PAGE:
Finally, if California approves AUMA, the entire west coast (including Alaska, but not Hawaii) of the United States will have legalized the adult use of marijuana. That’s a big game changer.
Massachusetts approving Question 4 would be a game changer for two reasons. Firstly, it would be the first state (along with Maine, if it also passes) to legalize adult use of marijuana on the east coast, which could encourage neighboring states like Rhode Island and Vermont to quickly follow suit.
Secondly, Massachusetts’ Question 4 includes a passage that requires the marijuana tax to positively impact communities of color. This is the first law that addresses the social justice, racial justice and economic justice issues head on and asks the legal cannabis industry to give back to the lower-income communities and communities of color that have been the most harmed by the “War on Drugs”.
ROOM FOR IMPROVEMENT
With all this momentum, some might say we are well on our way to ending Marijuana Prohibition. However, there is room for improvement, specifically in terms of the barriers to entry and compliance.
First, we need to allow people who have been arrested for or convicted of drug offenses to obtain marijuana business licenses and seek employment in the industry. “Many state laws currently prohibit this,” observes Shaleen Title. “Given that you’re 3.73 times more likely to be arrested for marijuana possession if you’re black than if you’re white—despite everyone using marijuana at similar rates—these rules perpetuate discrimination.”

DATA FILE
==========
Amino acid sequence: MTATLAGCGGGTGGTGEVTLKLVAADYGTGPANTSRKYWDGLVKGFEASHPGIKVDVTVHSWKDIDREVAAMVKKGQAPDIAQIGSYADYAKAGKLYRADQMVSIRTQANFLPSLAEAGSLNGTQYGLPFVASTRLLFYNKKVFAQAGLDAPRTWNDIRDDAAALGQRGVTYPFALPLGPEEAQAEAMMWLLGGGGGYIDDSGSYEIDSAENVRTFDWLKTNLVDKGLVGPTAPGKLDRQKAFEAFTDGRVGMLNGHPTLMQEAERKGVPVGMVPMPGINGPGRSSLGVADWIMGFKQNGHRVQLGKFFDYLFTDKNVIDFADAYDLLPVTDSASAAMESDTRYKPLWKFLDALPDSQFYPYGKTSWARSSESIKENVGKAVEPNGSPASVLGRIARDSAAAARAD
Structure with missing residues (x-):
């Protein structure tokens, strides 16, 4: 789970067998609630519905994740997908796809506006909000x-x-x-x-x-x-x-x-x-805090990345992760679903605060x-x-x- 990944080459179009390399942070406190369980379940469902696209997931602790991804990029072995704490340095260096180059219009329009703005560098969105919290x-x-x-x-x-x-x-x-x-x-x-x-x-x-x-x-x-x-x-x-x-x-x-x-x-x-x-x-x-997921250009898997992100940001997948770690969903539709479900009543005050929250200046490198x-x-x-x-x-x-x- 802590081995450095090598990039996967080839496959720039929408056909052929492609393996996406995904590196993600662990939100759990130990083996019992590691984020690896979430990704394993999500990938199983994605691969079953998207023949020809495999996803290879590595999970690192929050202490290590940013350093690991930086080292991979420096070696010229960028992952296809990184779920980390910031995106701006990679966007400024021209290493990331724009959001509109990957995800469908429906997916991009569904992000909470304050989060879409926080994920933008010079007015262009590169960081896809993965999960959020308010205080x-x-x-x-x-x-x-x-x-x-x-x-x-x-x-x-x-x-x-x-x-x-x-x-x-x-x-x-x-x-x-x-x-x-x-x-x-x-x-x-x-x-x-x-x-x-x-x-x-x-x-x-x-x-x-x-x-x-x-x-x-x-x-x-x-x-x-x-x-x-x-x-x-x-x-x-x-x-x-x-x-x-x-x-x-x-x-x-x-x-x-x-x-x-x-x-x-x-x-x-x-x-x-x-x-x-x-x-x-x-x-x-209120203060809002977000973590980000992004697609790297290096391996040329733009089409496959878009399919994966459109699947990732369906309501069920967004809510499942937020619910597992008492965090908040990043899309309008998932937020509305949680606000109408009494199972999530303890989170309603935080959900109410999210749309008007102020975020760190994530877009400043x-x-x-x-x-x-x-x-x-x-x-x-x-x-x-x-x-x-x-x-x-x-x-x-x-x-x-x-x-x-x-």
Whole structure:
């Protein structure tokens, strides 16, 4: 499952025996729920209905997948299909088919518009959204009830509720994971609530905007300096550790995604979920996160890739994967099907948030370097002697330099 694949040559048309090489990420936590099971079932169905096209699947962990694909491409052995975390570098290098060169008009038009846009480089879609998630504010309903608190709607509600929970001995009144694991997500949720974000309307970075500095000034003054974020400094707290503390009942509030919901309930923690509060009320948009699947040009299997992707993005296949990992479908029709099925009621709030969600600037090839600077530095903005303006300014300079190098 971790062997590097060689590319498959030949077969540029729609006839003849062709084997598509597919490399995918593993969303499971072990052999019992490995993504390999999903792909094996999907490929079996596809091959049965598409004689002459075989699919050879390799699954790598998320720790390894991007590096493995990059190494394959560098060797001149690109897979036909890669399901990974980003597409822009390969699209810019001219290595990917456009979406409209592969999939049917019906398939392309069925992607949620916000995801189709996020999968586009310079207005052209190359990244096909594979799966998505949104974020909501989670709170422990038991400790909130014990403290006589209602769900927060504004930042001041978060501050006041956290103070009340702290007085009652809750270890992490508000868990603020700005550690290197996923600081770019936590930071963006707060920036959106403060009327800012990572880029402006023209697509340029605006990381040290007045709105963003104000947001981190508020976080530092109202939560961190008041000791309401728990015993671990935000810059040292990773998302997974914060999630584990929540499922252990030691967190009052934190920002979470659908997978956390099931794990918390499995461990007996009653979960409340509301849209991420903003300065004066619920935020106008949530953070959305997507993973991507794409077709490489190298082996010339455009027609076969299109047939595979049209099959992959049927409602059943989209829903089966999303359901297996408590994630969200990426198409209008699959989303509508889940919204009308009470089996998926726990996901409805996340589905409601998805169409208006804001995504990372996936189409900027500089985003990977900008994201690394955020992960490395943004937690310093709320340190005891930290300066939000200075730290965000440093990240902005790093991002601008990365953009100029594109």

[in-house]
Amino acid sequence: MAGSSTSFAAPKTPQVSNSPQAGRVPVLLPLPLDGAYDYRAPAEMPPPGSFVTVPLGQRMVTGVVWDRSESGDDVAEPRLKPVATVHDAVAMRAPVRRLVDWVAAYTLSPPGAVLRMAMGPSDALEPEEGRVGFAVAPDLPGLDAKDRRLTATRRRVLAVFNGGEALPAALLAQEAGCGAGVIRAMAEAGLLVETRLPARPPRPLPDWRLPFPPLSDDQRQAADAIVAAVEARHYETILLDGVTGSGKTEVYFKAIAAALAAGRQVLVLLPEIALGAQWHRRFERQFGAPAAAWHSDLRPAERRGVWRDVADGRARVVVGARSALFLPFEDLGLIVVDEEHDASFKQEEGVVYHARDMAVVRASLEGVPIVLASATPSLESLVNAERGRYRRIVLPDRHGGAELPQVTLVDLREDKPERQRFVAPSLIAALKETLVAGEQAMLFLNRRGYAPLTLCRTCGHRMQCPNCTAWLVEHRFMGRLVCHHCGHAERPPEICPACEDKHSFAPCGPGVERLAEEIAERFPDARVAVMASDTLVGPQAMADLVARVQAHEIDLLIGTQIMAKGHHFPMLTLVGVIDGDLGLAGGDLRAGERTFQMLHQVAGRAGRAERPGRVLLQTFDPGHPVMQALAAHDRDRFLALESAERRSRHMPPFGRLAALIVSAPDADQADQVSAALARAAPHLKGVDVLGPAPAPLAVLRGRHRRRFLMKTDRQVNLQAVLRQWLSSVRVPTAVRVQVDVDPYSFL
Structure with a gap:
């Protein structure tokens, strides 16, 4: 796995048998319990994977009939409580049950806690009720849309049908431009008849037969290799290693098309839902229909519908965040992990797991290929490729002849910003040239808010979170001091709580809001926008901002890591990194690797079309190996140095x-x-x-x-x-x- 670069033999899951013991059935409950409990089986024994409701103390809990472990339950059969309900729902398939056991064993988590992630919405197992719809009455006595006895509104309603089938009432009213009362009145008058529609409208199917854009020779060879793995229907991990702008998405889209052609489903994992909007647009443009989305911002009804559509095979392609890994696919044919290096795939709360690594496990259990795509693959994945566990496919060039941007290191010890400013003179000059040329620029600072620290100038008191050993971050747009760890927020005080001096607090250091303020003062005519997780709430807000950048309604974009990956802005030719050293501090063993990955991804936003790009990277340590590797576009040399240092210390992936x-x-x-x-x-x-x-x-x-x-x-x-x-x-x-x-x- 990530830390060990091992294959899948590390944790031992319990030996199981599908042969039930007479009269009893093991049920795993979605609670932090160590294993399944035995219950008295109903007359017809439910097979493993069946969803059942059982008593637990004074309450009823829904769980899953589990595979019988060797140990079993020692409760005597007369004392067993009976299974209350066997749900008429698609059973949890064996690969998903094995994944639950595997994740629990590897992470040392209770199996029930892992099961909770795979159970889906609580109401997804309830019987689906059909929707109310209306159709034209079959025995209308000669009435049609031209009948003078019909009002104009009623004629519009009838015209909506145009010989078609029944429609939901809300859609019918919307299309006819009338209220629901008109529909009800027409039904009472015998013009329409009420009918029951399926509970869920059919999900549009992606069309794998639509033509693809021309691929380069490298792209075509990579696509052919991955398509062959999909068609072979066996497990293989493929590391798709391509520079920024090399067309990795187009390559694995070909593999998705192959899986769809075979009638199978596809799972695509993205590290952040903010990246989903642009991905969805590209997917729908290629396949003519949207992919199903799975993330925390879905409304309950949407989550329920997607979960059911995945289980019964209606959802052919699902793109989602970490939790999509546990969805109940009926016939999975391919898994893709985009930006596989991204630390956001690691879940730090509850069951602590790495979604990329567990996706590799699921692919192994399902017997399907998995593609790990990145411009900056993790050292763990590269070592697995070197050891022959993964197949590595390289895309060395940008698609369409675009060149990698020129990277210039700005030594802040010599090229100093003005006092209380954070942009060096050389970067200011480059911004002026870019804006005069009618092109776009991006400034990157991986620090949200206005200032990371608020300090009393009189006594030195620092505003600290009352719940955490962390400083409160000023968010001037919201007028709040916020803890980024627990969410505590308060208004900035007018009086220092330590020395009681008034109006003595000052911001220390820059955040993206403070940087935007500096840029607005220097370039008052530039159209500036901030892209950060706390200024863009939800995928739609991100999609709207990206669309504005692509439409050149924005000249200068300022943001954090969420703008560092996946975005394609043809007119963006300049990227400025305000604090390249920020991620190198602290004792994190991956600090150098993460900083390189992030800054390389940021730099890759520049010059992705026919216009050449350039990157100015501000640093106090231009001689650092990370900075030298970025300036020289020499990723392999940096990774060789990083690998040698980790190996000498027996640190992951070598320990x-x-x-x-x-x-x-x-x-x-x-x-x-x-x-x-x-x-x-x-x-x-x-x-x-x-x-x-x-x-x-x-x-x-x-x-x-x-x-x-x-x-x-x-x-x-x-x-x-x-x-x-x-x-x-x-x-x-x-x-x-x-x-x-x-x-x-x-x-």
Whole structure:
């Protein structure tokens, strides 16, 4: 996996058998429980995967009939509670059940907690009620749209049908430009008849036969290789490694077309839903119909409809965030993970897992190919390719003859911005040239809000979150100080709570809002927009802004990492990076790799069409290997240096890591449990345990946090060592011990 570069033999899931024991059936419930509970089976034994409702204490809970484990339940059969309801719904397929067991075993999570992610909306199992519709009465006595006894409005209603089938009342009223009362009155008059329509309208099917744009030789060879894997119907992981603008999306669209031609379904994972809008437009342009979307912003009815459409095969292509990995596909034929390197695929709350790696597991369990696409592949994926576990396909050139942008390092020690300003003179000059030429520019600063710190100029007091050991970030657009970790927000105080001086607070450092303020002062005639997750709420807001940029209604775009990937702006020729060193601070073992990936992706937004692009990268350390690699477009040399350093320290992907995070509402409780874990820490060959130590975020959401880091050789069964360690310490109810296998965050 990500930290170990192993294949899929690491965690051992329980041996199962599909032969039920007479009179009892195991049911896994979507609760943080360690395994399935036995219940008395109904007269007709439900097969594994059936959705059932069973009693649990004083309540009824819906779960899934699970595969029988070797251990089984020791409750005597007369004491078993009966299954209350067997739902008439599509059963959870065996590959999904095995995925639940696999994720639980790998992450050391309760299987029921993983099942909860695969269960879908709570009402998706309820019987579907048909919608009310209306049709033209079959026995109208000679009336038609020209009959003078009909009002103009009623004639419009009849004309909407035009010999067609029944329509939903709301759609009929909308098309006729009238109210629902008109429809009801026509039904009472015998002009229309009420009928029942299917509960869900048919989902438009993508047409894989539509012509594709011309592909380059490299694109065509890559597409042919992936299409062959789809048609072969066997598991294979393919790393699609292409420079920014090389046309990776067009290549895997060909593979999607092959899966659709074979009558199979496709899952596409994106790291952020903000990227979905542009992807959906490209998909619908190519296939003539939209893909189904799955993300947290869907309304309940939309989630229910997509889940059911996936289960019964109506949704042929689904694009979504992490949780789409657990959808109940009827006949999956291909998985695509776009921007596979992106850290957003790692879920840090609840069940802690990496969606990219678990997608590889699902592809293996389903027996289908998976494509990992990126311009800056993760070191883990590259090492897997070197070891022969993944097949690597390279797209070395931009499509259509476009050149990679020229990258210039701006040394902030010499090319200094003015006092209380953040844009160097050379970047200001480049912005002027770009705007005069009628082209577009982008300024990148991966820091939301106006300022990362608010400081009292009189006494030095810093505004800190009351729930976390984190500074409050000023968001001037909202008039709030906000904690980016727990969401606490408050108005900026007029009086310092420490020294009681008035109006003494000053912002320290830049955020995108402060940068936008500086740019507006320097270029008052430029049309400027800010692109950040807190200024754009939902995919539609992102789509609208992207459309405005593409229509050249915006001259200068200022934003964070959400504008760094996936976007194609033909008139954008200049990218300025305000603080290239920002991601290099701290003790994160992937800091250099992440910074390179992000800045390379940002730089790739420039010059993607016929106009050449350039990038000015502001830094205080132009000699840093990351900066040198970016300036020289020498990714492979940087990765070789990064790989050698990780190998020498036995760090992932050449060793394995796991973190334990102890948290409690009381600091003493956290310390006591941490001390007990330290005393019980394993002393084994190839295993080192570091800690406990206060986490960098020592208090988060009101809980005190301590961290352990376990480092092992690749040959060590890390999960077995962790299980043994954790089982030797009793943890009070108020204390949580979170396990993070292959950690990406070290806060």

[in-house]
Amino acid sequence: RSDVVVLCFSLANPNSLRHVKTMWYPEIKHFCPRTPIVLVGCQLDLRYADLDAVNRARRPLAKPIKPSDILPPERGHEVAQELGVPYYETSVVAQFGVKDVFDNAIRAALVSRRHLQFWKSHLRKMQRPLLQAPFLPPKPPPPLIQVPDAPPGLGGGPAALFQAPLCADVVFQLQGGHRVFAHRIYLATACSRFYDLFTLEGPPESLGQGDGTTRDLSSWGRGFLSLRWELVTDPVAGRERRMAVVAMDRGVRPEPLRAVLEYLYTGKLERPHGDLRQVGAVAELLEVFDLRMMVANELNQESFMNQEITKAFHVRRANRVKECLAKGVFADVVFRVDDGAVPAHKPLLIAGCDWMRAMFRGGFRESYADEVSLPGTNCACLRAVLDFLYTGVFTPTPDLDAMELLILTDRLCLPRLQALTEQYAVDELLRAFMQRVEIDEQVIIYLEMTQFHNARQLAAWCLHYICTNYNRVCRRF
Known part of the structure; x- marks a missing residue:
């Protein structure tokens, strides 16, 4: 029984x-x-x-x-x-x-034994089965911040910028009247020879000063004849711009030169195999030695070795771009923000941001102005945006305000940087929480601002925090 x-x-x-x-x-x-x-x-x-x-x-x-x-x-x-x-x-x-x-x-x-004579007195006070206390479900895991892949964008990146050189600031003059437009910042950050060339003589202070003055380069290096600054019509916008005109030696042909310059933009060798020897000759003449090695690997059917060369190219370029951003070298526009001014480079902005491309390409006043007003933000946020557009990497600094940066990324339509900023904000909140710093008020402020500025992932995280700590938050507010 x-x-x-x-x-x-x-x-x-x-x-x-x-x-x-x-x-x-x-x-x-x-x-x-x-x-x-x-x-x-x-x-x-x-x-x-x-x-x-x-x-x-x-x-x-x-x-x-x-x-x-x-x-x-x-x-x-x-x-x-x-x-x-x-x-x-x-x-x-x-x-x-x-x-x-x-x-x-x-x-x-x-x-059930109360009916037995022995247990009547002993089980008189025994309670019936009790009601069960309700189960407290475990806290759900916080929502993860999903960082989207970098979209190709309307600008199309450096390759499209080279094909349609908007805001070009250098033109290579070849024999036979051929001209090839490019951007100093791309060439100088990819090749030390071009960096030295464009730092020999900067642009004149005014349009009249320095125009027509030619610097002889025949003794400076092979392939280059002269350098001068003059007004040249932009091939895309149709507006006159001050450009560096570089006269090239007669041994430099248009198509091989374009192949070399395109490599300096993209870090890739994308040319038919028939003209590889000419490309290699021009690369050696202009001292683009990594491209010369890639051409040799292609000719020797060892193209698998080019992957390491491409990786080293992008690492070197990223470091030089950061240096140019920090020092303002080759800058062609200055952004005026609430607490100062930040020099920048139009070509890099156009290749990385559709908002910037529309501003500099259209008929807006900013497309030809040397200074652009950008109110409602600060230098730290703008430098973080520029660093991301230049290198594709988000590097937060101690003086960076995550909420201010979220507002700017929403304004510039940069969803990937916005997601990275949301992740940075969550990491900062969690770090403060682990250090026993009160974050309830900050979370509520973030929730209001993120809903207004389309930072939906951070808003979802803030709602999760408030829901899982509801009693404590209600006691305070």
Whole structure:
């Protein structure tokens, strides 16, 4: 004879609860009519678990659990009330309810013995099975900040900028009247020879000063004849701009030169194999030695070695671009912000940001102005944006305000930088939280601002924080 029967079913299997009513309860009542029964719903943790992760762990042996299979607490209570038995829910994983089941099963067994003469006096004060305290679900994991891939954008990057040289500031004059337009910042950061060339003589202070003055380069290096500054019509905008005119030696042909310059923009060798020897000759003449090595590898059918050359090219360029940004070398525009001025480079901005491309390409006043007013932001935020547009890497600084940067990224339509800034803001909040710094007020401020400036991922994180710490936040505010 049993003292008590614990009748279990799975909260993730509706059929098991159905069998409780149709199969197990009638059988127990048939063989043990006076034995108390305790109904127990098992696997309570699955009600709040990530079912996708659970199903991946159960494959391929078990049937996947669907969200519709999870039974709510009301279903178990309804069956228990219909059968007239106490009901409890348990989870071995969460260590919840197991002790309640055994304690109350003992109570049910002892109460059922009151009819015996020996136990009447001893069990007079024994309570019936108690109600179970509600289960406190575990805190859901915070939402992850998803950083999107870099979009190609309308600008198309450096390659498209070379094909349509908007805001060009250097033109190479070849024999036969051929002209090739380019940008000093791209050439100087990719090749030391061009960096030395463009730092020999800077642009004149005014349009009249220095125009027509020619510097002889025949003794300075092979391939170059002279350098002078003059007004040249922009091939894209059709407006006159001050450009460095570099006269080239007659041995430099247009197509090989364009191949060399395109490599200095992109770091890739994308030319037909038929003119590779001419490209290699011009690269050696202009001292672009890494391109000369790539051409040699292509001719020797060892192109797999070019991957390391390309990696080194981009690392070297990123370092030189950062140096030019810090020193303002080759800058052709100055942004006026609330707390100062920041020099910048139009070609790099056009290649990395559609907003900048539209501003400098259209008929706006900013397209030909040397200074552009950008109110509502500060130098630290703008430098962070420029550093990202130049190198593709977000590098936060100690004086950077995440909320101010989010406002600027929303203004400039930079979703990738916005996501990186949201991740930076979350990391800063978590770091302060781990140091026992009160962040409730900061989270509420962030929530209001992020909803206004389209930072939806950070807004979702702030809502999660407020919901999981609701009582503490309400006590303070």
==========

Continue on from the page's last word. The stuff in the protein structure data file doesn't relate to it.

“Given that you’re 3.73 times more likely to be arrested for marijuana possession if you’re black than if you’re white—despite everyone using marijuana at similar rates—these rules perpetuate discrimination.” – Shaleen Title
Secondly, we need to lower the barriers to enter the legal cannabis industry. In certain states, the application process has been designed to strongly favor wealthy and politically connected (read: white male) applicants. “They may require the payment of extraordinary licensing fees, the possession of major capital (up to a million dollars in the bank), and in practical terms the hiring of a lobbying firm to help navigate the process,” Title states. If we’re going to build a new industry, let’s create a foundation where women and people of color can enter and succeed. Otherwise, if it’s the white man’s game, it’s still business as usual.
If we’re going to build a new industry, let’s create a foundation where women and people of color can enter and succeed. Otherwise, if it’s the white man’s game, it’s still business as usual.